The ruble overtakes the yuan as Russia's main currency for settling international trade deals

The ruble overtakes the yuan as Russia's main currency for settling international trade deals
The share of rubles used to settle Russia's mutual trade has risen to about 40% from less than a third last year, while the role of the yuan has fallen to around 30%. / bne IntelliNews
By Ben Aris in Berlin April 9, 2024

The ruble has overtaken the yuan to become the main currency used for settling international trade deals, the Central Bank of Russia (CBR) reported on April 8.

The share of the ruble used to settle international trade deals has risen to over 40%, up from a third last year, while the share of the yuan has slipped slightly to around 30%.

The CBR also reported that in March the share of the yuan in the on-exchange and over-the-counter FX markets had reached new all-time highs of 53% and 39.6% respectively.

Following the SWIFT sanctions that were imposed only days after Russia’s invasion of Ukraine in February, Russia was cut off from using the dollar to settle trade deals and switched almost entirely to using the yuan for international transactions.

The change has been made easier by many of Russia’s trade partners from the so-called friendly countries being likewise unsettled by Washington’s decision to weaponise its currency and they have also been happy to settle more of their foreign trade transactions using national currencies.

The share of the ruble in Russia's international trade has significantly increased since the start of this year. Ruble transactions with the EU rose to 49% (due to sanctions exemptions), with South America it has increased to 35%, and with Africa, the growth more than doubled to 48%. Meanwhile, the shares of the dollar and euro in trade with Asia and Africa fell by more than half.

Despite sanctions, Russia has seen the ruble emerge as the predominant currency in its foreign trade payments, according to the latest figures from the CBR. According to February's data, the ruble accounted for 41.6% of payments for Russian exports and 38.1% for imports, surpassing its previous records.

The ruble's share in Russia's foreign trade transactions accounted for less than a third of all settlements in 2023. The data also highlighted a decline in the use of the Chinese yuan, which has been a proxy for dollar until now, with its share in Russian export payments dropping to 30.2%, and for import payments it has slipped to 32.3% in the first quarter of this year.

Russia has completely expunged the dollar and the euro from its gross international reserves, which are hovering at just under $600bn as of March. Of that money, half is frozen in accounts in Europe, but from the remainder half ($150bn) is in monetary gold and the rest in yuan, plus a smattering of other “friendly” currencies.

The dollar continues to dominate global trade settlements, accounting for some 85% of all transactions, a share that has changed little in the last two years. However, following the freezing of the CBR’s $300bn in reserves, the share of the dollar in global reserves has been noticeably falling and currently it accounts for 58% of globally allocated foreign exchange reserves as of December 2023 – a 25-year low as emerging markets begin to reduce their exposure to the dollar.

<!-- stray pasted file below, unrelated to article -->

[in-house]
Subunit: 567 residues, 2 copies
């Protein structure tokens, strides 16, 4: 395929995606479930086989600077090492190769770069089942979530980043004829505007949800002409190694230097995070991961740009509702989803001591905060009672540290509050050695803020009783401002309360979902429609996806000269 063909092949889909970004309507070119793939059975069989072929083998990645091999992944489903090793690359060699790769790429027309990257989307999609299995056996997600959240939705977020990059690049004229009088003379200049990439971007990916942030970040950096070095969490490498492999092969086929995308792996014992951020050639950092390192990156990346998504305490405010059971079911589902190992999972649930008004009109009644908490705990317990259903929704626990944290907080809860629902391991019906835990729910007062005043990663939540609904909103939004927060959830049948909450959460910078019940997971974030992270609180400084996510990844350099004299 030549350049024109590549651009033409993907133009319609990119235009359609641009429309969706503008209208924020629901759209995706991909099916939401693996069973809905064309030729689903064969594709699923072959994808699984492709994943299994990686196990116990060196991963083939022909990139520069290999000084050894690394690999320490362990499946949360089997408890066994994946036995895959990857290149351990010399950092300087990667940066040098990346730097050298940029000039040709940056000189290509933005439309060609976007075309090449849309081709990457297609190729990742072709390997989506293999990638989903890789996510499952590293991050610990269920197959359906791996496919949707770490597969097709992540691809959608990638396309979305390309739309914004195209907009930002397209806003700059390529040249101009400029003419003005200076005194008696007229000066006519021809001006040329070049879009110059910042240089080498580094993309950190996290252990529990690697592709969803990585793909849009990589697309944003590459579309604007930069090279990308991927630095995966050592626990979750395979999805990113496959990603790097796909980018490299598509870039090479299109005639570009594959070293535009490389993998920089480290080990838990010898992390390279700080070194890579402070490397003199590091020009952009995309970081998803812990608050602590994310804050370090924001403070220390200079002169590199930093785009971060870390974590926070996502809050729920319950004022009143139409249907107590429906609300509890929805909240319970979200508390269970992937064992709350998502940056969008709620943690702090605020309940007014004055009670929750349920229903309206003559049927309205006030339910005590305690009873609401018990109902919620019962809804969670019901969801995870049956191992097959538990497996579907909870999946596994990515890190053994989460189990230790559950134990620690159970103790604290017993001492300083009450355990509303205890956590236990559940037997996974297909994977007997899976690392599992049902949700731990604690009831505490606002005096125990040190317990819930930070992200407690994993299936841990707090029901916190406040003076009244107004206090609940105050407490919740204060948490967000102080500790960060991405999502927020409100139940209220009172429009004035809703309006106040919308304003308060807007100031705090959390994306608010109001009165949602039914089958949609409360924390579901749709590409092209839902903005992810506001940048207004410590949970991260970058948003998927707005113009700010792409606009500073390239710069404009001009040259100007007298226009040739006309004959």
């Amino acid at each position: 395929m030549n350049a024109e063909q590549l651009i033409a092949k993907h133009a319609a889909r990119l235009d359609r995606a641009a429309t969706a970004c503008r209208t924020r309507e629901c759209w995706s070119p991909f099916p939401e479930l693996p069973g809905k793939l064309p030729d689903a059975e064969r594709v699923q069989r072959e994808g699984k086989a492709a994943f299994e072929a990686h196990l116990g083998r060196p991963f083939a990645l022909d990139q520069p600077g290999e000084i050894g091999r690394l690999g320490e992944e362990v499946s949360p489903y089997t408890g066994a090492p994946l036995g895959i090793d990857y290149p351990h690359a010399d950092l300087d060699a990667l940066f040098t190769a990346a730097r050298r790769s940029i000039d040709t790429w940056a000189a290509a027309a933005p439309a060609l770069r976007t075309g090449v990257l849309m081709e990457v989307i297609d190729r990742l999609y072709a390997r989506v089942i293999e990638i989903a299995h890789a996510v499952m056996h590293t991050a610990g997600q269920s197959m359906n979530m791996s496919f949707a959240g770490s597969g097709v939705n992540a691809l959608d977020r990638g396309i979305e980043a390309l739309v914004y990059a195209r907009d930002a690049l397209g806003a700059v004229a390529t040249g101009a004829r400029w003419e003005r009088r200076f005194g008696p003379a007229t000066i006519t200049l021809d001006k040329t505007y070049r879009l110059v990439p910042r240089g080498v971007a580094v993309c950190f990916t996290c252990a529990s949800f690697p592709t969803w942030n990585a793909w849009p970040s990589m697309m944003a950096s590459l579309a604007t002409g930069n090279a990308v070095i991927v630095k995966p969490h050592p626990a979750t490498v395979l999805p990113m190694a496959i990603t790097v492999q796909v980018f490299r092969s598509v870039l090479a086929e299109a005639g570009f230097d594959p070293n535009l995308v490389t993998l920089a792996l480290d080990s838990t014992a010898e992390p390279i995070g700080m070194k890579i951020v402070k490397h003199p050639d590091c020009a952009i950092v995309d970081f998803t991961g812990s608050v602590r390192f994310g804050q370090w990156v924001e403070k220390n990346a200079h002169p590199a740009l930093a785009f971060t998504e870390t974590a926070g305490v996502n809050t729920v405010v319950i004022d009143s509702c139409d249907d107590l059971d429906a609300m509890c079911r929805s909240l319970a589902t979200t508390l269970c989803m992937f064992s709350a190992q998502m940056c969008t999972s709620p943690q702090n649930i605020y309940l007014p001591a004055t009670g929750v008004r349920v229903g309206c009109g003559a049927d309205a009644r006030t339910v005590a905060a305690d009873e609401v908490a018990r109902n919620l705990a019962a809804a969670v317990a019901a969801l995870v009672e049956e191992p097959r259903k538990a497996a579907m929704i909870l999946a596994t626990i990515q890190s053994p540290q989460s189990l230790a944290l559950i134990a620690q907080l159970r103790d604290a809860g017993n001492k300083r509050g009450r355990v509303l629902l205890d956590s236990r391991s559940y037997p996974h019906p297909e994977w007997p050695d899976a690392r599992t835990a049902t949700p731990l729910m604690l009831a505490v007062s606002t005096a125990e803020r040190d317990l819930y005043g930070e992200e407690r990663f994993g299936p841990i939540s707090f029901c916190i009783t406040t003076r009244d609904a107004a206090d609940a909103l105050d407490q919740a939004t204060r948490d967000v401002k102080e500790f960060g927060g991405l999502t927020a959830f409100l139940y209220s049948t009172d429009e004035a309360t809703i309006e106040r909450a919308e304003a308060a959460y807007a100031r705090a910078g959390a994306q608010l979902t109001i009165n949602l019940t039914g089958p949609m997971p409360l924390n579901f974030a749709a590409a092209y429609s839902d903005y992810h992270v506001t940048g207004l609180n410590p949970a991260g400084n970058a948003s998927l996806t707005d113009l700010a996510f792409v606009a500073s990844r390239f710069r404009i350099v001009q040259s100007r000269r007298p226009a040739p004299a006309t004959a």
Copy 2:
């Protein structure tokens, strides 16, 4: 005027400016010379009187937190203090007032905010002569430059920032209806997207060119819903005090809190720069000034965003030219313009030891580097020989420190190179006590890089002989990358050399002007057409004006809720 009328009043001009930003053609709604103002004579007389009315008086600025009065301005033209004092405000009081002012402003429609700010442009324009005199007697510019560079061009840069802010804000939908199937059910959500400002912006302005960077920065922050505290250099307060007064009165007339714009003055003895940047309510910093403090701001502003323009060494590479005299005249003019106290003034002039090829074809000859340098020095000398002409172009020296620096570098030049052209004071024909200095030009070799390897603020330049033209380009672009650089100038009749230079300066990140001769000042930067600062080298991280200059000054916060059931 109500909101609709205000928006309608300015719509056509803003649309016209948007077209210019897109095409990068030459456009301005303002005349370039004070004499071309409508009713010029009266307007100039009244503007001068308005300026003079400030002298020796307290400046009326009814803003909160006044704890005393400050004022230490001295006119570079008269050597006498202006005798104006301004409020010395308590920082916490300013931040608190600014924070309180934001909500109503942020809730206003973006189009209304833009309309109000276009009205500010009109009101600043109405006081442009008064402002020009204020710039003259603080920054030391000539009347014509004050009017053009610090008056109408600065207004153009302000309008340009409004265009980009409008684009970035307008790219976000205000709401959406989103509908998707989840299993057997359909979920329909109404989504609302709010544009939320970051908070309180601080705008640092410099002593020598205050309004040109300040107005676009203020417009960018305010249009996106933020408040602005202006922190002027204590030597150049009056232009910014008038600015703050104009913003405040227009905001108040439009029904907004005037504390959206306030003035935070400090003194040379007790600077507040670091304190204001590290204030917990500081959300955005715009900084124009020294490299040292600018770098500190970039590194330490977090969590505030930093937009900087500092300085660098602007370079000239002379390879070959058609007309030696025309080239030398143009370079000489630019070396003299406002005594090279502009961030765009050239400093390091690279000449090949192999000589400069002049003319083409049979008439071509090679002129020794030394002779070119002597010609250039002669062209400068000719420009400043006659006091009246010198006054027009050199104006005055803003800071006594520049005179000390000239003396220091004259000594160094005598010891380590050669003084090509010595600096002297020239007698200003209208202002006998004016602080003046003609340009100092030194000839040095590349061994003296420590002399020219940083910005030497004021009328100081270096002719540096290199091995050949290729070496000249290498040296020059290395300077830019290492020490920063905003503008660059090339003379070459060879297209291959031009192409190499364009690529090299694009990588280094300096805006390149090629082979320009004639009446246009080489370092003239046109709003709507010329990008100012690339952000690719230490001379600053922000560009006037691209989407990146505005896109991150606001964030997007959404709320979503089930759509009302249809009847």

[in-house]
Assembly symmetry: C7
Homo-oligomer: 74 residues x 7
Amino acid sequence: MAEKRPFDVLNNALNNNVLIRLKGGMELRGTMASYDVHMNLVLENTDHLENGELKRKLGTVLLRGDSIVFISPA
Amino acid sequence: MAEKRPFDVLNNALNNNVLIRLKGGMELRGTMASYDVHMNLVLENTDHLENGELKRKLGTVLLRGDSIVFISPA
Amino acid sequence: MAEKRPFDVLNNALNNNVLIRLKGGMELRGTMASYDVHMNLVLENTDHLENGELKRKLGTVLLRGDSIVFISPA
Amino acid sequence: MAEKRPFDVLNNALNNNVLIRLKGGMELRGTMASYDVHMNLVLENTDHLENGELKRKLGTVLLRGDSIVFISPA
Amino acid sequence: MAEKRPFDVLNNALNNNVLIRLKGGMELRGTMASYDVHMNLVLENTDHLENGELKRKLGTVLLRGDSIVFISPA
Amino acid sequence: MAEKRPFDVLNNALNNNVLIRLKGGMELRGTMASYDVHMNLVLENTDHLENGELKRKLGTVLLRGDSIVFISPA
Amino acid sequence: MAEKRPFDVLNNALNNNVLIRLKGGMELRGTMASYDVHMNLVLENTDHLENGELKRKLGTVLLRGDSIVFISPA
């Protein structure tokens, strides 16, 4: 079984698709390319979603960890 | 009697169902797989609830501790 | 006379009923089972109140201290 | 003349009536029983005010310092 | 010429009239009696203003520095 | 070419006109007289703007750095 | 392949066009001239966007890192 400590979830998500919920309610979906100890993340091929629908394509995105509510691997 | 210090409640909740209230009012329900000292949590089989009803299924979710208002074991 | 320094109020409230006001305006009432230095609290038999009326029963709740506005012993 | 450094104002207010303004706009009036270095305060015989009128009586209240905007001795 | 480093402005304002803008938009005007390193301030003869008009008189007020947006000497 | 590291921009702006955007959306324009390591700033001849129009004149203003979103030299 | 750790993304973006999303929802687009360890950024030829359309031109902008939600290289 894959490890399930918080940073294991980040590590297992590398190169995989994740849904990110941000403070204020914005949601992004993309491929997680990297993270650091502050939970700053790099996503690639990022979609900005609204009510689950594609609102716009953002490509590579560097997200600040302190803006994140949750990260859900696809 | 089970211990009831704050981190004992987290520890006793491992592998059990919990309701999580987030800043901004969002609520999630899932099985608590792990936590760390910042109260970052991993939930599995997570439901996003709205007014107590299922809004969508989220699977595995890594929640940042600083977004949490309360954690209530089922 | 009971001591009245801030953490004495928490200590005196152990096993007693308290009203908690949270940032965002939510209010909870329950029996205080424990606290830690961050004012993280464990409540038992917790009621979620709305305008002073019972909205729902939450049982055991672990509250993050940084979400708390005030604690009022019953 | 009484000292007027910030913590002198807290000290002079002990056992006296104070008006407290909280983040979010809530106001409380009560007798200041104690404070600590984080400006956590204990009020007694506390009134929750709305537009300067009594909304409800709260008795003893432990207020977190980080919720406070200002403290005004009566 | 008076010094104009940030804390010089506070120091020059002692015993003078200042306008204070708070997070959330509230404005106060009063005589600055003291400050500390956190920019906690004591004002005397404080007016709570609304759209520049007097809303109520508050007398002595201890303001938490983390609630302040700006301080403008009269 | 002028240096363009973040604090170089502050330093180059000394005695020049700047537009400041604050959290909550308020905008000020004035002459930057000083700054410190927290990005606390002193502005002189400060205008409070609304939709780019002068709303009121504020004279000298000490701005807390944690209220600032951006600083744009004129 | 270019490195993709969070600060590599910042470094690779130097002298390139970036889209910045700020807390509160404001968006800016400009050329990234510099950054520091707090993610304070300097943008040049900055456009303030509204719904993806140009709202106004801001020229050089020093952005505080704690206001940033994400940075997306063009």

Trade relations with friendly countries flourish but problems remain

In the case of China this has been made easier, as Russia and China run a relatively balanced trade regime, importing and exporting almost the same amount of goods in monetary terms. Mutual trade has been growing fast and topped the $200bn turnover goal set by Russian President Vladimir Putin and Chinese President Xi Jinping a few years ago.

China is now by far Russia’s biggest trade partner and has gone a long way to offsetting the loss of trade with the EU, formerly Russia’s biggest trade partner with a pre-war trade turnover on the order of $350bn a year. Turkey has also emerged as a major trade partner and has decided not to participate in the sanctions regime on Russia.

Russia still had a $140bn trade surplus with the EU in 2023 thanks to ongoing exports of oil, gas, fertilisers and other key inputs that the EU cannot source elsewhere, as well as the various sanction exemptions won by countries like Hungary, Austria and Slovakia.

The situation with India is much more difficult, as Russia runs a very large trade surplus thanks to exploding levels of oil exports to India, whereas India exports relatively little to Russia. India’s trade deficit doubled in the first nine months of 2023 to $50bn due to these soaring oil imports, the Russian ambassador to India said in December after mutual trade between the two countries more than doubled in the first half of last year.

As a result, Russia has been building up a large excess of rupees in Indian banks that it is struggling to convert into other more useful currencies, given the rupee is only partially convertible and as that conversion process has to pass through dollars before it can be converted to another currency, that route is not available to Russia.

Life has been made even more difficult for Russia since December, when the Office of Foreign Assets Control (OFAC) started introducing a set of smart sanctions where it is threatening individual banks and companies that continue to deal with Russia with secondary sanctions. As a result, major banks in China, Turkey and the UAE have closed accounts with Russian partners and are refusing to continue to do business with Russian entities. Two of China’s biggest banks have shut up shop in Russia entirely; these were instrumental in facilitating trade payments. However, experts say that as there are thousands of banks in China, most of which don’t have any presence in the US and so immune to sanctions, the Kremlin is expected to find new workarounds to continue its business and settle trade payments.